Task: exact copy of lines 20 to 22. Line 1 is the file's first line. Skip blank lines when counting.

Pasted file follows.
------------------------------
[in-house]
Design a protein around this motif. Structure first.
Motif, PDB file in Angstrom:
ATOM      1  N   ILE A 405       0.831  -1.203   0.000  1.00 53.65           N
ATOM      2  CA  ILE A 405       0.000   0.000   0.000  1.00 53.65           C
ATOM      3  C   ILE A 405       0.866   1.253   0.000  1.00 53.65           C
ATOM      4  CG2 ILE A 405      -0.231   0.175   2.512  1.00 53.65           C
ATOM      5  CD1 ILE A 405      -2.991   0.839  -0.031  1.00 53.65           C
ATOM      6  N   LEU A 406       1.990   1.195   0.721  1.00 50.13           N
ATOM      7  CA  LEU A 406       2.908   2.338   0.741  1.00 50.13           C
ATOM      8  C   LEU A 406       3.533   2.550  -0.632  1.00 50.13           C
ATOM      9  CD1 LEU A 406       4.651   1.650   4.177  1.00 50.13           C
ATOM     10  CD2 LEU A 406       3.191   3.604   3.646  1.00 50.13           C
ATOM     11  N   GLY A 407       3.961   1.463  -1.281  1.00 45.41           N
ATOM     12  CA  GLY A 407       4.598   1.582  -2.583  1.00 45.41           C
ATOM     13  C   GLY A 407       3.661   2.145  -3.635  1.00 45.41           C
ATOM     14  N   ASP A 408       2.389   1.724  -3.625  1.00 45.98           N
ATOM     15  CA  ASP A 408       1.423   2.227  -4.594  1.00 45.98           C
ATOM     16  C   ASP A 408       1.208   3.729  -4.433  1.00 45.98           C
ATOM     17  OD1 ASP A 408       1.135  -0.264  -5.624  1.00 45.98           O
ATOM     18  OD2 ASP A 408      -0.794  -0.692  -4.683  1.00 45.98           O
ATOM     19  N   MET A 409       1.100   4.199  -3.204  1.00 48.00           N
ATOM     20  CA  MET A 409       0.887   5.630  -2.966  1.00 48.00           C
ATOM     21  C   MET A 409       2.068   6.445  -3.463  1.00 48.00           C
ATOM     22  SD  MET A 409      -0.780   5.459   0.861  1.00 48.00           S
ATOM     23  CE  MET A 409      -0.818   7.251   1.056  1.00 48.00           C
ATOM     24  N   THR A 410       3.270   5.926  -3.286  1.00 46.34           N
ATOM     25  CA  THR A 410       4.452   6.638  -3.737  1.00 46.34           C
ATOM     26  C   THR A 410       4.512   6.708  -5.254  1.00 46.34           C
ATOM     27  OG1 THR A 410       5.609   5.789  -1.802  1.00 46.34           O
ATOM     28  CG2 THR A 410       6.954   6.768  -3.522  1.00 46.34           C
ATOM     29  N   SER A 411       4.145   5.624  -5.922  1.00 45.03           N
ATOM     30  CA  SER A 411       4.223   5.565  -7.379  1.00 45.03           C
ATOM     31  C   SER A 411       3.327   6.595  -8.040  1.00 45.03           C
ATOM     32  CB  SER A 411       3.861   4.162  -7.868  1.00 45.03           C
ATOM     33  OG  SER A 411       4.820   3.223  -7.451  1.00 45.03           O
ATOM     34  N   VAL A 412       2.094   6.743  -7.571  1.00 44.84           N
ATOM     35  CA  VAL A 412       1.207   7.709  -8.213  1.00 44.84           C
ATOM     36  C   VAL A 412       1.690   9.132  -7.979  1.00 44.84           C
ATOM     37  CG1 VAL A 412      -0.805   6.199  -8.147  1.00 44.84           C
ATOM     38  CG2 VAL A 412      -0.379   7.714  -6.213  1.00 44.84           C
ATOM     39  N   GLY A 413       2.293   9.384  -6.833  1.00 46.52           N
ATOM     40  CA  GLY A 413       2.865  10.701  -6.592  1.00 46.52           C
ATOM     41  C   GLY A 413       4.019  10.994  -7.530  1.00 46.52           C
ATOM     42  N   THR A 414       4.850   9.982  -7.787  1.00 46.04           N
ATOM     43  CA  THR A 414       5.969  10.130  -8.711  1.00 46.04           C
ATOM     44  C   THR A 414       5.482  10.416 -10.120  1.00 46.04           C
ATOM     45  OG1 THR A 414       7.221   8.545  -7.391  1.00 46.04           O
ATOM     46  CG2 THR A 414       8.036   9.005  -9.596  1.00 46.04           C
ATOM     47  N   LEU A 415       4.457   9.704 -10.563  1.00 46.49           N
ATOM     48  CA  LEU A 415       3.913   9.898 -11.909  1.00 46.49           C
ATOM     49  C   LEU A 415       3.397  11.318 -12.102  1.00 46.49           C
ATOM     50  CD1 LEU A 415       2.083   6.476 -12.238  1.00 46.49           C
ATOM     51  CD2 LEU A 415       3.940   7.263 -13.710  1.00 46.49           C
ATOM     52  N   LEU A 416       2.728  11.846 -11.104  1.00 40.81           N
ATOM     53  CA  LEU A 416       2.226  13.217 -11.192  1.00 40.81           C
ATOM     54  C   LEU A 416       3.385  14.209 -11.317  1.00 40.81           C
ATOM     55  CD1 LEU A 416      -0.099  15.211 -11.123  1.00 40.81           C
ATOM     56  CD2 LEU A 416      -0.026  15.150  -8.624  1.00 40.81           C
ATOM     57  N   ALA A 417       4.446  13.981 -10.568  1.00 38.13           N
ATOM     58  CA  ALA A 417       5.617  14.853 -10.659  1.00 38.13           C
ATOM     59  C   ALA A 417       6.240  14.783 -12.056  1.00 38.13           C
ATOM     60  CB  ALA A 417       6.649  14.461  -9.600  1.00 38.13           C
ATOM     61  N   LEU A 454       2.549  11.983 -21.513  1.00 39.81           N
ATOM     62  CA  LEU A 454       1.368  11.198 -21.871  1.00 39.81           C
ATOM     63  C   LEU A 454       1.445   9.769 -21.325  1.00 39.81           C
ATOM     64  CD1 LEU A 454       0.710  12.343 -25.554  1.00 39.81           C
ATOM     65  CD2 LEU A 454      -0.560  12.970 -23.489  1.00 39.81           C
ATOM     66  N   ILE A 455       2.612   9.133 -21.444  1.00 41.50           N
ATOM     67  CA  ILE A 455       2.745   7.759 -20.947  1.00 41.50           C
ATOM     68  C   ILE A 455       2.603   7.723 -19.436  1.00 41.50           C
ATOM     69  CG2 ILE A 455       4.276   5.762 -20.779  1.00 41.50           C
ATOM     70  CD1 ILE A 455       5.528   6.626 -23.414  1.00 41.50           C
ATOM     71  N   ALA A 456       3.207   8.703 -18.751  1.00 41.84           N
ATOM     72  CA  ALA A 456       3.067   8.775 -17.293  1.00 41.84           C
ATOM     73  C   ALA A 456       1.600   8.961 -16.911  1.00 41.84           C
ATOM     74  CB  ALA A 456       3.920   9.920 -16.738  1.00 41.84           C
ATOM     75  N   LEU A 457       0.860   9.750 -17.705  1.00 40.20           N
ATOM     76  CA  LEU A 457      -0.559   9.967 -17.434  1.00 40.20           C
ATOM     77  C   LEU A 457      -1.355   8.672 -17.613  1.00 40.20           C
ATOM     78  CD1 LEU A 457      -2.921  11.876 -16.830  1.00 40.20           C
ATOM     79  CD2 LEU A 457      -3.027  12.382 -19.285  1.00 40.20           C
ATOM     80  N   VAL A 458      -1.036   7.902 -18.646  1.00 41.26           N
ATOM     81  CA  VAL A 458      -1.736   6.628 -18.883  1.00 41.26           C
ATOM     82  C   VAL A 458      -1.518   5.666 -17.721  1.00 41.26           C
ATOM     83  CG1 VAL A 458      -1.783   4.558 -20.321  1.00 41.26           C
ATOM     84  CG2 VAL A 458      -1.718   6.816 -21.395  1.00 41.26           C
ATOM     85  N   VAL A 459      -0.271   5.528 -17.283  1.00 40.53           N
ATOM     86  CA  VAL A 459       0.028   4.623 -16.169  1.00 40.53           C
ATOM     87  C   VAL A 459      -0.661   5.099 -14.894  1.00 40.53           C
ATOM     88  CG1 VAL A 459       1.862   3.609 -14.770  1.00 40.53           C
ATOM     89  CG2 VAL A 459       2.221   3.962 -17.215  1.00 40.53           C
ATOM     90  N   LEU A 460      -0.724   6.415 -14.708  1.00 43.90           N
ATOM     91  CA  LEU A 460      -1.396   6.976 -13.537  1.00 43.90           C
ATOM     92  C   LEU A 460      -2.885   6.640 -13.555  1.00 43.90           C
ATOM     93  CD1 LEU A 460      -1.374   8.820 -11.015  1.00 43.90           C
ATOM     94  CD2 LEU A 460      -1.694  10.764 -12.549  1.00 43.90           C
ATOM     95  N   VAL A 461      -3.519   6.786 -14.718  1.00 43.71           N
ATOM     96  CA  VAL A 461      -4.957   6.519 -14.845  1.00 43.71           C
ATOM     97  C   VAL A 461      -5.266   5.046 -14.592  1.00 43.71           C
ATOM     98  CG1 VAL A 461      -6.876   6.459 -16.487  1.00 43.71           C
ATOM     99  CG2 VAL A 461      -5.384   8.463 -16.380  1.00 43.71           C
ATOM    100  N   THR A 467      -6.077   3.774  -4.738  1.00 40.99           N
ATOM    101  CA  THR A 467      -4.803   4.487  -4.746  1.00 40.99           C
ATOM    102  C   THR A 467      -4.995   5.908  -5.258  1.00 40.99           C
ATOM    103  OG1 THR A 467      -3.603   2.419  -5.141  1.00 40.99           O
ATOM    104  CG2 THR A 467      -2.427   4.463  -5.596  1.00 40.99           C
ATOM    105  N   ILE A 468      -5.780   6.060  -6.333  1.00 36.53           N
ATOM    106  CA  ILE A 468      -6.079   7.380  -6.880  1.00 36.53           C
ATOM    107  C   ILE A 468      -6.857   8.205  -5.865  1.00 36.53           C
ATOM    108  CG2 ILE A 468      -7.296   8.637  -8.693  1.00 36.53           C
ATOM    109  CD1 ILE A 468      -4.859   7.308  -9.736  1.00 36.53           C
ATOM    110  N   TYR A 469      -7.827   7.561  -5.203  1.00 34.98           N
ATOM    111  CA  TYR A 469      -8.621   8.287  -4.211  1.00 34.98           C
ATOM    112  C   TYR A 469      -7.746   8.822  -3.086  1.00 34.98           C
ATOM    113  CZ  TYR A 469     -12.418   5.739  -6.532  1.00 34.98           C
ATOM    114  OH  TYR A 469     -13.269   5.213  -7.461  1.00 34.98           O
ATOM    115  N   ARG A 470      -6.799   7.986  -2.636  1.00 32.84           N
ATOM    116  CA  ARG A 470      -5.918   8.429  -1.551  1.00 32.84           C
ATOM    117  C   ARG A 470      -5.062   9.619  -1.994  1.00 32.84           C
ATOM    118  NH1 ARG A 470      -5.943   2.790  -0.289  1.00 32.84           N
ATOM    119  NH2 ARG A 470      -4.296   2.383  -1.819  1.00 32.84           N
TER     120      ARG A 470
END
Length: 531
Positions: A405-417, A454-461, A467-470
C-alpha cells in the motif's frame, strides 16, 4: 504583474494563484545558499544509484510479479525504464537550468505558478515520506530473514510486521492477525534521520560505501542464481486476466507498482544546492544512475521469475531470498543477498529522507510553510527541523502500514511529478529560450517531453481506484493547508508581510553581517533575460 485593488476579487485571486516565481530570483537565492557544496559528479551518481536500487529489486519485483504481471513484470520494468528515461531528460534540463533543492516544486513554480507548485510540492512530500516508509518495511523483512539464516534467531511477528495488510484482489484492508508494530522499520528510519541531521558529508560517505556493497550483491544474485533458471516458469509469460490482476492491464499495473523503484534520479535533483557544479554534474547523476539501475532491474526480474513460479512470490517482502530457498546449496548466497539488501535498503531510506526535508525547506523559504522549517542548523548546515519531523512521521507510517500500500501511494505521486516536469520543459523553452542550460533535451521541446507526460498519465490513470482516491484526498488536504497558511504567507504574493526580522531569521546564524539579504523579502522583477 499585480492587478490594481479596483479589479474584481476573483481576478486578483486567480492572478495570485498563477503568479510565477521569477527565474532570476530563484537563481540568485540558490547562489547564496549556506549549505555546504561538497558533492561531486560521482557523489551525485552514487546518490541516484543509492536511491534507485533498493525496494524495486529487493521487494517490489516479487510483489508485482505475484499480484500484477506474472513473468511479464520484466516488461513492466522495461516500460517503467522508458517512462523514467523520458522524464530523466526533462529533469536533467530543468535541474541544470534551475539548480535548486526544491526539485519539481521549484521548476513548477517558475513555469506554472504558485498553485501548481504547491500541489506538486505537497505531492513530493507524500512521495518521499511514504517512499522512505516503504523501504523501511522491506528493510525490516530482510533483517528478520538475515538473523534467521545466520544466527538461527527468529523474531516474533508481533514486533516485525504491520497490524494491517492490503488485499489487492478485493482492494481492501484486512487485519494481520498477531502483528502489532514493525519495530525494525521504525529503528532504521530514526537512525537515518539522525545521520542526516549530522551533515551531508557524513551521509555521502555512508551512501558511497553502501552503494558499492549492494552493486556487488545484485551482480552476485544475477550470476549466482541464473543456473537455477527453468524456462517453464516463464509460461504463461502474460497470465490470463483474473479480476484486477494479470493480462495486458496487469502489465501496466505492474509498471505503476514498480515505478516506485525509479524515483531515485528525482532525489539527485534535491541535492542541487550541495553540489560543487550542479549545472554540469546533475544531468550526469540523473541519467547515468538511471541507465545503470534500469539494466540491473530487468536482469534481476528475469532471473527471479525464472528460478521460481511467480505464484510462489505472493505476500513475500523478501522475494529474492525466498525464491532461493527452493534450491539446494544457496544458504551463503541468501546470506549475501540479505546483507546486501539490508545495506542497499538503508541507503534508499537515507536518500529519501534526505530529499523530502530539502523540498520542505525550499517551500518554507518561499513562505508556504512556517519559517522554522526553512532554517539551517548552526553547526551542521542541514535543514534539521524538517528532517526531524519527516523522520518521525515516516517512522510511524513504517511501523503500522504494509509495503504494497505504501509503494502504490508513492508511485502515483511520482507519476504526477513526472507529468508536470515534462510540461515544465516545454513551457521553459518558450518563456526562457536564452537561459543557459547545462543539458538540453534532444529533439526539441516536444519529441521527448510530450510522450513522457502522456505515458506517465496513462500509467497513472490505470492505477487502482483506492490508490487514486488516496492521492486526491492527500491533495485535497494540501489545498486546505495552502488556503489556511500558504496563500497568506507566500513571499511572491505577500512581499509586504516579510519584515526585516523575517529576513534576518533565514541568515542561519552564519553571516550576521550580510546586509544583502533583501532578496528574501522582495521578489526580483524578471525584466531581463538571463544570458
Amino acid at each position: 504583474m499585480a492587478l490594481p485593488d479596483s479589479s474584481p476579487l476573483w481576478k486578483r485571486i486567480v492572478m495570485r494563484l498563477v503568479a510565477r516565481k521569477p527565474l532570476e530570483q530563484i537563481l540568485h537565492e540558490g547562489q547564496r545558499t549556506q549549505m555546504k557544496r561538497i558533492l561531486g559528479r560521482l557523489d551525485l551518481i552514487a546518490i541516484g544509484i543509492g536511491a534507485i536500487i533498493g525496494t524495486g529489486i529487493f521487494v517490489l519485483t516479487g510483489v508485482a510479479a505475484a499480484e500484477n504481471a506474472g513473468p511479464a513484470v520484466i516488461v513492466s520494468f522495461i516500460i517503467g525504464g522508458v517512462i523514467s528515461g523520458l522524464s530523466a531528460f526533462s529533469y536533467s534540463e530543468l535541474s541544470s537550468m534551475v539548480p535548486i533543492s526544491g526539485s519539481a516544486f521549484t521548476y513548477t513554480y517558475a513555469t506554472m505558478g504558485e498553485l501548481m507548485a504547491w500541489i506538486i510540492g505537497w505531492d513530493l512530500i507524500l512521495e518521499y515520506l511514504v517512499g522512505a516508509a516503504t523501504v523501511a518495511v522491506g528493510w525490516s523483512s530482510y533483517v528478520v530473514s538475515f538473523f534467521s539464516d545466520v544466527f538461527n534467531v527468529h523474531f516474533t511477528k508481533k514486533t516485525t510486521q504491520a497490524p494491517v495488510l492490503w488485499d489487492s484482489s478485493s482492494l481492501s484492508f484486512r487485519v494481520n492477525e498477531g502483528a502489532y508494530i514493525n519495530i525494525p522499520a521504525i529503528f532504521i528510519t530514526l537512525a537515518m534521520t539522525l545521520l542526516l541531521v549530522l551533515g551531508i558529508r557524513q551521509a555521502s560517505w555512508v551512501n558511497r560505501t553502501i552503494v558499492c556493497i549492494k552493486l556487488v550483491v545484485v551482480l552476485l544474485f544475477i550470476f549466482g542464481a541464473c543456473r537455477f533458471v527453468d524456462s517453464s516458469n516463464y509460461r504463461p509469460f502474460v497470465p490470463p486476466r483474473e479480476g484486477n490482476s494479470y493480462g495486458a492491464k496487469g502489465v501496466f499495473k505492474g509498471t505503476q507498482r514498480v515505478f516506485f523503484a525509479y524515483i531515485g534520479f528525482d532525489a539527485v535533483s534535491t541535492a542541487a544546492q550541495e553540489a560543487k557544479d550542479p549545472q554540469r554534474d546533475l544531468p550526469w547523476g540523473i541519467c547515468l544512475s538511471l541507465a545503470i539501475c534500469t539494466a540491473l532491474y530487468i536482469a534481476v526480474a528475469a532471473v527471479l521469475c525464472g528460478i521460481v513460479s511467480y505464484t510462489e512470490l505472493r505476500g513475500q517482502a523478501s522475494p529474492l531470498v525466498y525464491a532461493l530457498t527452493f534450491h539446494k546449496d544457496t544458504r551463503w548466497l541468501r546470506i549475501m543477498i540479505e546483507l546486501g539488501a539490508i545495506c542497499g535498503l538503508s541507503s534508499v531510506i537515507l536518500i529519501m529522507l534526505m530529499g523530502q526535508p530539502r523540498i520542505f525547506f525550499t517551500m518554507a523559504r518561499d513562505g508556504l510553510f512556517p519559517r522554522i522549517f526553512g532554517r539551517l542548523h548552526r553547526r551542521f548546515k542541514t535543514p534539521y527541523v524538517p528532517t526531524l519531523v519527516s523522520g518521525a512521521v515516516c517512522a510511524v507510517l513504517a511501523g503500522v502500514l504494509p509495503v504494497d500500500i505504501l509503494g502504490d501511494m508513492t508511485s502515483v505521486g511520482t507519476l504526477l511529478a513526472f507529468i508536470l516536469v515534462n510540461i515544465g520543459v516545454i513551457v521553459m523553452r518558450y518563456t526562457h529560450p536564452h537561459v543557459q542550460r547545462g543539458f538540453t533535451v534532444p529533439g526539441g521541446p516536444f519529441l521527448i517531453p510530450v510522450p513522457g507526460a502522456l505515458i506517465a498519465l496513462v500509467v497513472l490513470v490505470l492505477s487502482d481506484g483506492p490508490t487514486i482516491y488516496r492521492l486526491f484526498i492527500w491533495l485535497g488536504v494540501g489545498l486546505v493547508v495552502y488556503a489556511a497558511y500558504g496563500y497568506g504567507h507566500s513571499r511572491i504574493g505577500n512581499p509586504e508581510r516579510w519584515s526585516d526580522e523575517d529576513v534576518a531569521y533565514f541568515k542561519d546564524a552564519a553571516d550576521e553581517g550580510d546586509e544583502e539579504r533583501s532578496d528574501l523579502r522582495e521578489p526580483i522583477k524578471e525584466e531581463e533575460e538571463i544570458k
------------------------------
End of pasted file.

ATOM     17  OD1 ASP A 408       1.135  -0.264  -5.624  1.00 45.98           O
ATOM     18  OD2 ASP A 408      -0.794  -0.692  -4.683  1.00 45.98           O
ATOM     19  N   MET A 409       1.100   4.199  -3.204  1.00 48.00           N